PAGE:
Racing: Classic Route

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The Independent Online
RED ROUTE earned his place in the St Leger field at Doncaster next month with a convincing display of galloping and staying in the Geoffrey Freer Stakes here yesterday. The only three-year-old in the mile-and- five furlongs contest, he made five older rivals look very slow indeed as he drew away from Shareek from the three-furlong marker to win by six lengths.

His trainer Henry Cecil, eyeing a fifth Doncaster Classic with the son of Polish Precedent, was very pleased. He said: 'We came here to see if he was good enough to tackle Group One company, and he has told us he is. He has the temperament for the job, and is improving all the time, and will be better still, as we have not been hard on him so far.'

Red Route tracked Shareek into the straight, where Willie Ryan sent him about his business. The colt quickened readily, then put his head down and lengthened in the style of a genuine racehorse and the further he went the further he won.

And if his trainer was pleased with the way Red Route came through his trial, his owner-breeder, Louis Freedman, was delighted. Freedman, a great traditionalist, regards the St Leger, the oldest and longest Classic, as the greatest test of a colt.

When he won it seven years ago with Reference Point - to whom Red Route in action bears more than a passing resemblance - the race was that colt's principal target after the Epsom Derby, with Longchamp's Prix de l'Arc de Triomphe in October, more beloved by the modern generation, an afterthought.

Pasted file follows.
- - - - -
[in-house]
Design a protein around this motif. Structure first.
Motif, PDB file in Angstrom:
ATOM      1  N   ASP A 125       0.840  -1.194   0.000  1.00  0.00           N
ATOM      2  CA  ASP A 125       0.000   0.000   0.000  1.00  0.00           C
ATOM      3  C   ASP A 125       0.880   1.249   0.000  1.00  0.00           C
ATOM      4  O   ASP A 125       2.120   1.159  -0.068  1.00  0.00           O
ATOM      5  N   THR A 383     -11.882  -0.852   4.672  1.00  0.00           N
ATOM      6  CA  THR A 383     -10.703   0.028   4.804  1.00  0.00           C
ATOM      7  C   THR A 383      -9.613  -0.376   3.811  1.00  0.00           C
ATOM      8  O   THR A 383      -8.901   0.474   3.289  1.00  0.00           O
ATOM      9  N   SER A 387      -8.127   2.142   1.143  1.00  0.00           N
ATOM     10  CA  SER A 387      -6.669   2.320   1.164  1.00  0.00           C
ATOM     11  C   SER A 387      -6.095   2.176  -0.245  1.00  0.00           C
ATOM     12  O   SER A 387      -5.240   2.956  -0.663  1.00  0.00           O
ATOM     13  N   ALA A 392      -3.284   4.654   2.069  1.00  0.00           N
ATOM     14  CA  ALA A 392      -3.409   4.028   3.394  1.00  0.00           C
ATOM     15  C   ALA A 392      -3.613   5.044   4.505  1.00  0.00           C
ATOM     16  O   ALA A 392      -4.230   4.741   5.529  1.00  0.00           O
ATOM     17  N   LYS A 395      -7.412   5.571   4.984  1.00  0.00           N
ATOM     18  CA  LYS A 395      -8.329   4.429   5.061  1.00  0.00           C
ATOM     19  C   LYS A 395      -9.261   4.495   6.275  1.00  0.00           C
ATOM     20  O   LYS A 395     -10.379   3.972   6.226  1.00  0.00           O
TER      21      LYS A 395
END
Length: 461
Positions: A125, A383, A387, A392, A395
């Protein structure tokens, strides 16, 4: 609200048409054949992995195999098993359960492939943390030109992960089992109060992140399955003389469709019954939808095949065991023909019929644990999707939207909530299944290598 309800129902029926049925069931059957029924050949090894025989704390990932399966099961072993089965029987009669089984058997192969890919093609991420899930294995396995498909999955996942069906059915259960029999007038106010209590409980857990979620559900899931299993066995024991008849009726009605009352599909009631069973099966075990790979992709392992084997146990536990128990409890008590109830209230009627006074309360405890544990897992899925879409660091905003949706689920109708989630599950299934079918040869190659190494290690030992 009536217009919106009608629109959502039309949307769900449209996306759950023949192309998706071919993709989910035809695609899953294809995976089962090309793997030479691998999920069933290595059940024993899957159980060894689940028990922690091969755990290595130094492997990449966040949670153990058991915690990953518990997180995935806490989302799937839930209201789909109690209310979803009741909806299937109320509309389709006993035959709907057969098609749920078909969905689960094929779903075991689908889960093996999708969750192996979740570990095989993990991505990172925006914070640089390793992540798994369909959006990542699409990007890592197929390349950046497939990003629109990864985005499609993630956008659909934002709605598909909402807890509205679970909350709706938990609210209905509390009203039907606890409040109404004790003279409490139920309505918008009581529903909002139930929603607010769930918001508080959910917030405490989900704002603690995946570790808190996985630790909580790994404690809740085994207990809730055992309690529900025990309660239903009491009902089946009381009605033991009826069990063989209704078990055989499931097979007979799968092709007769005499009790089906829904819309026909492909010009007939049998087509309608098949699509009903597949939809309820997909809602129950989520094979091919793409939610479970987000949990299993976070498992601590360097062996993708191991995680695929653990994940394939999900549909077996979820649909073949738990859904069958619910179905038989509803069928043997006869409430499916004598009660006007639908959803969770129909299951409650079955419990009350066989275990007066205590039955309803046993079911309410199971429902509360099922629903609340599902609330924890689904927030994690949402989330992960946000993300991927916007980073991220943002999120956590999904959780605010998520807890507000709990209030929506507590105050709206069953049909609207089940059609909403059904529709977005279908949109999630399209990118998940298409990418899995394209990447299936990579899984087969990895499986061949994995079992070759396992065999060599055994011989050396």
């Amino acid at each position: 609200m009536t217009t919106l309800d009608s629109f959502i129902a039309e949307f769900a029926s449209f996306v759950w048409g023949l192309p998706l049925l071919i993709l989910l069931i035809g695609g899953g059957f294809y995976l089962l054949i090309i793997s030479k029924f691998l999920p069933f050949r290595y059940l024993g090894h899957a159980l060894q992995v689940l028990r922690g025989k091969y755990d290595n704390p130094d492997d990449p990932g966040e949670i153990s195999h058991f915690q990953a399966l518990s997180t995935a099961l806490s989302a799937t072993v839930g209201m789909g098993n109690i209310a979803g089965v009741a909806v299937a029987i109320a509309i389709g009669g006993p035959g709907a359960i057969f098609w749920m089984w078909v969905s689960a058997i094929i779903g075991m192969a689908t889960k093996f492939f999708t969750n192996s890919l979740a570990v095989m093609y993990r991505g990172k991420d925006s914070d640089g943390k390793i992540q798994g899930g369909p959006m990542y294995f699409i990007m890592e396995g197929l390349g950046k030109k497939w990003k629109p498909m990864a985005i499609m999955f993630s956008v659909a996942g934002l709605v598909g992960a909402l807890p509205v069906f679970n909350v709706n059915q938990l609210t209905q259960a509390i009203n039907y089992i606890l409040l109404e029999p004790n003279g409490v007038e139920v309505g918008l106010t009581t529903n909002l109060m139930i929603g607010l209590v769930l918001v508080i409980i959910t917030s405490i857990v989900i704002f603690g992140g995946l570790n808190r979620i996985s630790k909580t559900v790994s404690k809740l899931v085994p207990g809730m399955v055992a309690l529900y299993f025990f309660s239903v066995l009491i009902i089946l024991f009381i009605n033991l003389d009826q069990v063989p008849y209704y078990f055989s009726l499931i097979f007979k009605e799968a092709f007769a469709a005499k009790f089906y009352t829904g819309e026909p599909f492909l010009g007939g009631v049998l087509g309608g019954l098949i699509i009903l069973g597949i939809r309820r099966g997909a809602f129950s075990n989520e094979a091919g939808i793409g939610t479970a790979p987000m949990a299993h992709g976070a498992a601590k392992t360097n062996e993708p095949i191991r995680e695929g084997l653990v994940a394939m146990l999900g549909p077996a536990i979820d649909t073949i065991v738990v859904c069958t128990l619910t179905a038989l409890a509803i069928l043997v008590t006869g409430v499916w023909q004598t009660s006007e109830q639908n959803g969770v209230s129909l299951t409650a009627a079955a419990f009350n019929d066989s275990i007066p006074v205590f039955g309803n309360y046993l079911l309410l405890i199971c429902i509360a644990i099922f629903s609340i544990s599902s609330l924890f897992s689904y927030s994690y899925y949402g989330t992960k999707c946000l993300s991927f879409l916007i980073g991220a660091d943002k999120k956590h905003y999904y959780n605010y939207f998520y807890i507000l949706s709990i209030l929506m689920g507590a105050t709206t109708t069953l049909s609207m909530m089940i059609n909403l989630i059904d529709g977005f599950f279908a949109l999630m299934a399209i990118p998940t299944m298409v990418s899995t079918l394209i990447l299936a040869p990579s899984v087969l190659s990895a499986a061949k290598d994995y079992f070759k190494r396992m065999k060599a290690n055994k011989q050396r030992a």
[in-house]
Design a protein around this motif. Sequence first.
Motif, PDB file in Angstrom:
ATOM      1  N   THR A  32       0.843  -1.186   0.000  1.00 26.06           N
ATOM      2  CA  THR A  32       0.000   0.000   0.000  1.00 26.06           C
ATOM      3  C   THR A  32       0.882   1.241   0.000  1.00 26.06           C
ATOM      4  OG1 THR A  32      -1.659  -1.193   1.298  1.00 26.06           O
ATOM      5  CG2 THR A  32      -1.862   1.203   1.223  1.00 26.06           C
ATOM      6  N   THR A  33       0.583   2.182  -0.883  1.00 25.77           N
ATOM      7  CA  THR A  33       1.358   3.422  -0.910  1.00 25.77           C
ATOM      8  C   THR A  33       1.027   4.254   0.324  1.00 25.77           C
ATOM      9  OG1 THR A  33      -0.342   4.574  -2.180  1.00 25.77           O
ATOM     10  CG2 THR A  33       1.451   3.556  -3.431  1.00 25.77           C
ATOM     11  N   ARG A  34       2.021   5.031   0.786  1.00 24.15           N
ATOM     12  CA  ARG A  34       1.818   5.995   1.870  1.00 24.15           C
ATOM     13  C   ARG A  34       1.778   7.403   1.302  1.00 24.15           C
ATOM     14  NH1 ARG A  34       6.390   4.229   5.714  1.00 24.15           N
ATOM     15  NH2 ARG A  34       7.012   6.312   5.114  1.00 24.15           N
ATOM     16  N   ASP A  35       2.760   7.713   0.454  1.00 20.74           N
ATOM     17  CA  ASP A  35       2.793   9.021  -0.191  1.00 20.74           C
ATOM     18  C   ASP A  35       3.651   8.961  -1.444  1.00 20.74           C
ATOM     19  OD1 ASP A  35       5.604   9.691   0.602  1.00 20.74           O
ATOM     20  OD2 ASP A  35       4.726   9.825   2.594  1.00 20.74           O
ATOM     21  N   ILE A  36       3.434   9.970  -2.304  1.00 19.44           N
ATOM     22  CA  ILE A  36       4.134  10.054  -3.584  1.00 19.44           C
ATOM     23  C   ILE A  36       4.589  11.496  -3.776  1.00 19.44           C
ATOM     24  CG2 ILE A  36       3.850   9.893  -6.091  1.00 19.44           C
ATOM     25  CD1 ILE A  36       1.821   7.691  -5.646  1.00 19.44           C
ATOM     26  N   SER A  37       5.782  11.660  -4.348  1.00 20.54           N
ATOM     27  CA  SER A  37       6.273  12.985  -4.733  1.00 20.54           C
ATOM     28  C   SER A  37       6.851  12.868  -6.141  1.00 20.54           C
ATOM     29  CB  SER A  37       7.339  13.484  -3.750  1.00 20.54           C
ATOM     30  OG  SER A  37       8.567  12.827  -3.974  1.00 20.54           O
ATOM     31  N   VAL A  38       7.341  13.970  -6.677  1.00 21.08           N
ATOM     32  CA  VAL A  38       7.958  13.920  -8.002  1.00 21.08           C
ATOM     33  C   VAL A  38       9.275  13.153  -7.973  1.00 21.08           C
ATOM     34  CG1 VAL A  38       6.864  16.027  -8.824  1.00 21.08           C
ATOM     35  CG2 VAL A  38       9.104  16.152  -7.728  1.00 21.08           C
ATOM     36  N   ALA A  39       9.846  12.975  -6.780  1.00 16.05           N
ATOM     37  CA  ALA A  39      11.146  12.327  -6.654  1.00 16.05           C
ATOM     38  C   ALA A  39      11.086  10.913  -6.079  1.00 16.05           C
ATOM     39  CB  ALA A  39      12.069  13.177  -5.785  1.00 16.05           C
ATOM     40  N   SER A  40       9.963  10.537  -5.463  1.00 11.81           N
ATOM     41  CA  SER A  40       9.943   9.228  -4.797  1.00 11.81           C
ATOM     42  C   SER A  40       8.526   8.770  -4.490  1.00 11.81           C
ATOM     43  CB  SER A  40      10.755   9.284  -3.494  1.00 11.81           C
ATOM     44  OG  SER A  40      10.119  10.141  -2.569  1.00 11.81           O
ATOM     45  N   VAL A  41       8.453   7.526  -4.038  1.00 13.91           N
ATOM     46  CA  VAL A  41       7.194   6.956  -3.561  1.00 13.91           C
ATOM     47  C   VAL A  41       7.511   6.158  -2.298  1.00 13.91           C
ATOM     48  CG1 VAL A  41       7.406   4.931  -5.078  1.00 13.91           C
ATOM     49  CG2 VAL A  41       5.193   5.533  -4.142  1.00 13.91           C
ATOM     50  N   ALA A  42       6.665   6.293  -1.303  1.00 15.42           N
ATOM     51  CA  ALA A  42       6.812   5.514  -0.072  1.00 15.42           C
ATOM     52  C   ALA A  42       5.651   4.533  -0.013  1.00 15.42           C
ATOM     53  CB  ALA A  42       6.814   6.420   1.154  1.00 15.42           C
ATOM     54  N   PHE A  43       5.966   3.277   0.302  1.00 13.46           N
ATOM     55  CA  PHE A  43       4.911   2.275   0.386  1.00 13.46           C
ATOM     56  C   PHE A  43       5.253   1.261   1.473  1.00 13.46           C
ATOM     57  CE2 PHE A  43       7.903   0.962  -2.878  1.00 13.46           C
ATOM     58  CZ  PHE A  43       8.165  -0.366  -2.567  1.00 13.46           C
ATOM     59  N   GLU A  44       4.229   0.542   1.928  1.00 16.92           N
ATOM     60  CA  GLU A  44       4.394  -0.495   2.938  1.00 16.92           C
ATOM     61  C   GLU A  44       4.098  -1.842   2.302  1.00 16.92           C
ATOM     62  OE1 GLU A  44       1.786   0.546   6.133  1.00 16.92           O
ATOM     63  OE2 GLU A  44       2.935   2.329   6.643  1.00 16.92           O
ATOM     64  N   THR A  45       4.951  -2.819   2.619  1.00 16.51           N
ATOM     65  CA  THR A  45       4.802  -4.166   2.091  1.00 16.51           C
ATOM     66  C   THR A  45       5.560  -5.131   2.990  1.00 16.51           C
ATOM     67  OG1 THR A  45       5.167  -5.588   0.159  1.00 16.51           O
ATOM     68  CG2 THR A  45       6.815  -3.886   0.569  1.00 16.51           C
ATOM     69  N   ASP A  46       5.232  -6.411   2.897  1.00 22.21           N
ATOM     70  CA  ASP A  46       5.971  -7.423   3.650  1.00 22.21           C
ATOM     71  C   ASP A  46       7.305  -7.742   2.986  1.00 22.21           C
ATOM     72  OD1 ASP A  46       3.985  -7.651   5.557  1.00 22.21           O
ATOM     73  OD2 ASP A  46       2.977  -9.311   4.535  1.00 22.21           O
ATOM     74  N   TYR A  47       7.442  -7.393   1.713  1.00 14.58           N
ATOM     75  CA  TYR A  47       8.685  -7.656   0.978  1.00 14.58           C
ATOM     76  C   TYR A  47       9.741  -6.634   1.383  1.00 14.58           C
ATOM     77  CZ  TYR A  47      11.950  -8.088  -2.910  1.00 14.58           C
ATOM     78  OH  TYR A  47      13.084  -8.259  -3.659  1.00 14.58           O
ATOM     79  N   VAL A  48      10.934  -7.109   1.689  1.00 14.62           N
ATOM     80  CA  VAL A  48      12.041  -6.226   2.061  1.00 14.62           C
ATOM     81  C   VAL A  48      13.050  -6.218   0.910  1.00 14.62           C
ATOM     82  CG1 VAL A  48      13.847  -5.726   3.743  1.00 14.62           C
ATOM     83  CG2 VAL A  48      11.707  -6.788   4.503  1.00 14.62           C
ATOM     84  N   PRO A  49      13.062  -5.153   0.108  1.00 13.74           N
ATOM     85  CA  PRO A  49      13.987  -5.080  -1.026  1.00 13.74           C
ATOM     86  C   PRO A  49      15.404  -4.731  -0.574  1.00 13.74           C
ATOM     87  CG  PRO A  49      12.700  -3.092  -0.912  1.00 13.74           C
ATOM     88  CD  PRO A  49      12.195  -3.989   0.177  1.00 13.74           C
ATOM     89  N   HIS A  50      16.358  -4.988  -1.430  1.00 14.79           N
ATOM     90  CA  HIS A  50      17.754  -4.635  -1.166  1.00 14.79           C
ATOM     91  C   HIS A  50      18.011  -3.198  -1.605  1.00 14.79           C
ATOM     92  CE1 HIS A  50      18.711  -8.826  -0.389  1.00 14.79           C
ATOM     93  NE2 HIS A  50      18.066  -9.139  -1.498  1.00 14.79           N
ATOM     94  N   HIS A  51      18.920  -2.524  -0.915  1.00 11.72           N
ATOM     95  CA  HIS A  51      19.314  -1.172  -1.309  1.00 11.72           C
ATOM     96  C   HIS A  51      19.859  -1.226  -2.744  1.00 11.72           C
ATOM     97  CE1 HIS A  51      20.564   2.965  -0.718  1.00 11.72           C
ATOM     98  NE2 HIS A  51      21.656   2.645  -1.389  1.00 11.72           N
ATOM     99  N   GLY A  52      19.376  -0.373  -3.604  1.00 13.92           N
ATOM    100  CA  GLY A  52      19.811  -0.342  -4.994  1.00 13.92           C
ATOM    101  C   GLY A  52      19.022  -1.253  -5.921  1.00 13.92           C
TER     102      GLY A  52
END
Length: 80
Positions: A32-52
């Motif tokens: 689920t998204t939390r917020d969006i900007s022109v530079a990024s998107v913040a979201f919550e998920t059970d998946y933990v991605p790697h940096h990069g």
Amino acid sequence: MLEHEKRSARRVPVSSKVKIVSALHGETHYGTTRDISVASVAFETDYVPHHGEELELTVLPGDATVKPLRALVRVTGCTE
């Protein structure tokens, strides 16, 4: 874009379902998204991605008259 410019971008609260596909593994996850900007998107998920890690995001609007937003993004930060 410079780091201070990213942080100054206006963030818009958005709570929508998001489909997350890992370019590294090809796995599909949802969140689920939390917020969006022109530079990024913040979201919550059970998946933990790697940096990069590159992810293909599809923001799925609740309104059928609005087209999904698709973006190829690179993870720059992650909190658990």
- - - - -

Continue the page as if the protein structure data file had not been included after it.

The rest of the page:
Bookmakers will not offer odds on the St Leger until more challengers emerge. At this week's three-day York Festival Broadway Flyer stakes his claim in the Great Voltigeur Stakes on Tuesday and Bolas hers in the Yorkshire Oaks on Wednesday.

The Yattendon Stakes is usually one of the hottest maidens of Newbury's year; former winners have included Nashwan and, last year, Pencader beat Hawajiss with Derby winner Erhaab among the also-rans. In the 1992 renewal four newcomers fought out the finish, with Varnishing Day justifying favouritism by a short-head from Bahri to give Robert Sangster and Peter Chapple-Hyam some joy after the injury that knocked Turtle Island out of today's prestigious Prix Jacques le Marois at Deauville.

Lester Piggott's mount Bin Ajwaad was yesterday awarded the Group Three Desmond Stakes at The Curragh following a stewards' inquiry.

Heart Lake, ridden by John Murtagh, passed the winning post half a length in front of the Ben Hanbury-trained Bin Ajwaad but was disqualfied for diving to his left less than two furlongs out, badly interfering with two unplaced rivals and then hanging again close home.